Smoked Dressing

Share

So you have decided to go against the grain and you want to do something a little different for the southern stalwart side dish of grandma’s dressing.  No, not stuffing, this is the south, its never “stuffing” its dressing and it wouldn’t be the holidays without it.  Grandma has her way that has been perfected over literally generations, but maybe you want to do something different.  If that is the case then let me recommend this version that I came up with that you can do on your smoker / grill.

The thought process is simple.  Most people (at least the grilling fans I know) are taking the classic Thanksgiving/holiday turkey and moving it outside and grilling it or smoking it.  Some are still deep frying but between you and me I think that is a fad that is dying out a bit as people realize they can get just as good, if not better of a result with much, much less danger and effort by grilling their birds.

With that thought I wondered, “what would some dressing taste like with some light smoke on it?” and I thought I would give it a try.  Low and behold it is a bonafide winner in my book.   Since I was already tossing this classic dish on the smoker I also thought “why not throw some other stuff in it and see what happens.”  With that my Smoked Dressing was born.  So here is how I did it with a lot of pics and commentary along the way.

Ingredients:

  • 1lb Sage Breakfast Sausage
  • 1 loaf French Bread cut into 1in cubes
  • 1 each Red, Orange & Yellow Bell Pepper Diced
  • 1 medium Onion Diced
  • 16oz Fresh Mushrooms Sliced
  • 3 stalks Celery Diced
  • 2 Jalapenos Diced
  • 3 boxes of Jiffy Corn Bread Mix
  • 7 eggs
  • 1c Milk
  • 48oz Chicken Stock
  • Dried Rosemary, Thyme and Sage
  • Salt and Pepper

About a day or two before you need the dressing you can complete the following steps, they can be done the day of, but letting the flavors marry together and letting the bread stale a bit helps.

First cut your French Bread loaf into 1in chunks and set on the counter in a bowl to let them stale at least over night.  You can toast them if you are rushed for time.

img_3511

Next make your cornbread according to the directions on the box combining all three boxes into 1 batch of cornbread.   Before you pour the mixture into your baking dish you are going to add 1.5tbs of of Thyme, Sage and Rosemary into the mixture and stir.  Bake the cornbread as directed by the instructions and set aside to cool.

img_3514

img_3524

img_3532

Now, in a large skillet cook your sausage until it is almost done and then add in all your chopped ingredients (celery, mushrooms, peppers, jalapenos and onions) and cooked them until soft.  Remove this mixture from the heat and put in a sealable container and rest in the refrigerator.

img_3538

The following day combine the french bread cubes and your cornbread.  Mix this well until each are broken down.  Now add in your meat and veggie mixture and stir to combine.  Now add your chicken stock to this mixture and re-season this mixture tasting it to see if you want any more salt, pepper or herbs, now is the time to add them.  Also if you like your dressing a little looser add more chicken stock or water to get it to the consistence you want.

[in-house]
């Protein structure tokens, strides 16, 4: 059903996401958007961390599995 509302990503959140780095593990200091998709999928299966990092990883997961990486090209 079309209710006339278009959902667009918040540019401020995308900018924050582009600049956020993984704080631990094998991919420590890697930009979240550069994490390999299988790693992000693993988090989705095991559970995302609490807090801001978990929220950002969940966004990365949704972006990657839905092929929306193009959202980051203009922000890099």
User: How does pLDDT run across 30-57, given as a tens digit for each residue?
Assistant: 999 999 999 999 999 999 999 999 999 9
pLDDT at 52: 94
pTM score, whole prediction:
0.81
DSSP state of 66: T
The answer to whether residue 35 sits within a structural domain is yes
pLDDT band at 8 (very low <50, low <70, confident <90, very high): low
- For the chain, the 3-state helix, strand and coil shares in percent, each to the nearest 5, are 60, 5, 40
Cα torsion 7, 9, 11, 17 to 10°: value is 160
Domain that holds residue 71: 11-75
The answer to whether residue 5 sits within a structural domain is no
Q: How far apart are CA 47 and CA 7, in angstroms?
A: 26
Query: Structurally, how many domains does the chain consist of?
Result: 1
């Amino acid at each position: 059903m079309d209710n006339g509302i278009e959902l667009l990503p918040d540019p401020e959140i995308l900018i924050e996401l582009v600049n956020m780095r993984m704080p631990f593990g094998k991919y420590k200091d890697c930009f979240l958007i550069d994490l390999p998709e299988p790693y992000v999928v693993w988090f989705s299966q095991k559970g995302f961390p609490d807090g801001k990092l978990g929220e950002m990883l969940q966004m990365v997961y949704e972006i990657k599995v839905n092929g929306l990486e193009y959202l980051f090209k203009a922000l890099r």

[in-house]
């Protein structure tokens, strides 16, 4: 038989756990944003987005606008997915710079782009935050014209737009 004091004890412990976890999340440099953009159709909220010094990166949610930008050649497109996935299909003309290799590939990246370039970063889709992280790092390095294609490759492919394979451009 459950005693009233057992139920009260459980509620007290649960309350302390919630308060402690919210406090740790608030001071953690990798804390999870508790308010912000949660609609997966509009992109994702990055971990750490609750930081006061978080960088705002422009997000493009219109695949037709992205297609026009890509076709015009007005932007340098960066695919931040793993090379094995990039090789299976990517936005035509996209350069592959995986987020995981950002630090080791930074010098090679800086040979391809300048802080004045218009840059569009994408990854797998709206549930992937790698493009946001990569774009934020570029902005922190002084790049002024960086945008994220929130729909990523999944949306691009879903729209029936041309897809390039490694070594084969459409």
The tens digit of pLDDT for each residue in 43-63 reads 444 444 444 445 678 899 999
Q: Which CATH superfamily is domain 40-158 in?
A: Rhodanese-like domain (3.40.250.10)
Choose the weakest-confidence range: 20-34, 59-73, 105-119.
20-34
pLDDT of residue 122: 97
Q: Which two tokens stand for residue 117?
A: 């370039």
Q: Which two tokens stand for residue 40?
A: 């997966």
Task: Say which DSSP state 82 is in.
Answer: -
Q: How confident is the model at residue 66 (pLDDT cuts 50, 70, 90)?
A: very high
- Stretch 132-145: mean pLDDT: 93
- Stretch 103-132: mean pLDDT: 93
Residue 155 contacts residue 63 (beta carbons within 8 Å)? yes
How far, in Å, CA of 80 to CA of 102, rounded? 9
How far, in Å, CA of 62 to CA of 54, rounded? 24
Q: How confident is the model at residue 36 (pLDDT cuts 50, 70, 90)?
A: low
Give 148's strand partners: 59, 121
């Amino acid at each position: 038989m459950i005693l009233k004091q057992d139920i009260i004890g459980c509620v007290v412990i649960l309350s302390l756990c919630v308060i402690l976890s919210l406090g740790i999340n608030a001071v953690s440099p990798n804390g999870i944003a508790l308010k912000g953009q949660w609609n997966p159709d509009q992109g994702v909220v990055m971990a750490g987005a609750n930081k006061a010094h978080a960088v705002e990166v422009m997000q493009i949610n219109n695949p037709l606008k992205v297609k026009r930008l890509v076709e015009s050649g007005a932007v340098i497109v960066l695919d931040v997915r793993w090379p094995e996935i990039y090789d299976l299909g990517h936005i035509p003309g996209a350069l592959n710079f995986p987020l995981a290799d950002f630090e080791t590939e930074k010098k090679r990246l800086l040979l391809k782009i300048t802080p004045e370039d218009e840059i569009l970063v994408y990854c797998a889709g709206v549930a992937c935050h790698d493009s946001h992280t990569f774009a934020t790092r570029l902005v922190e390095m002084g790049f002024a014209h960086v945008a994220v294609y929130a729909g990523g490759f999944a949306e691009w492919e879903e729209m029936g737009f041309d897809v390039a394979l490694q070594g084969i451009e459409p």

img_3536

img_3543

img_3549

img_3550

Once you are happy with this, add 4 eggs and mix well and then add to your baking pan.  This mixture will fill a 13×9 pan just about to the top.

img_3557

I lined an old metal pan with wax paper to keep this from sticking.  You can certainly use a aluminum pan, but do yourself a favor and dont use the wife’s nice pans here lol.img_3554 img_3559

Trim away any excess wax paper if you used any.

You can decorate the top with some fresh sage leafs if you wish.  Be warned this may cause the dressing to be pretty strong with sage, so you may want to remove just befor serving.

img_3561

Prepare your grill and get it up to 325 degrees.  This can be done on a kamado cooker, pellet smoker, or just about any other type of grill.  Just be sure you have even heat and you may want to wrap the top of the dish because the dressing may take on too much smoke.  In this instance I used the Grilla Grills Kong and set it up more for heat and light smoke.

img_3563

The Flameboss 200 Wifi was used for temperature control for this cook.  It really does a great job of pit management.

img_3564

img_3568

Cook the dressing for about an hour.  You can cook it more or less depending on the texture you are looking for.  In this case I cooked this dressing until it was pretty firm and I liked the color.

img_3597

img_3595

img_3596

If you love dressing…and who doesn’t give this twist on an old classic a try.  It is a much meatier and chunkier version of grandma’s classic southern dressing.  It is also very herbaceous, but you can dial that back if you want something a little less in your face.  The addition of the jalapeno, the sage sausage and tri colored peppers make this a full meal in on pan and will complement any turkey, ham or is great just by itself.

 

 

Share

The Big Green Egg XL vs The Grilla: A Comparison

Share

When I first saw the Grilla in person a few things jumped out at me.  First, it was very unique but mildly ugly at initial glance.  It took a closer look to really appreciate it.  It was that thought that brought me back to the purchase of our Big Green Egg XL (BGE  XL).  That triggered a whole host of other ideas that basically brought me to the realization that the Grilla, whether it intended to be or not, was basically a pellet powered BGE XL.  

That may sound odd at first but when you stop to consider price point, cooking ability and the size of both cookers, I think you can make a case for a side by side comparison.  So I have jotted down my thoughts comparing and contrasting the two in hope of helping someone who is currently considering either of these two units.  I understand before the first comparison is even made there will be members of both camps who will cry foul and make points contrary to my points.  I completely understand this, as I too am passionate about the barbecue pits I own.  This is just my take and comparison on the two having owned each and it is not a personal attack on you, your choice or your favorite barbecue contraption!  With that out of the way let’s begin.

The list below is in the order that ideas occurred to me and I did not change it for purposes of publishing.  Also in bold at the end of each paragraph I will list which unit is better in that particular category and include a tally at the very end.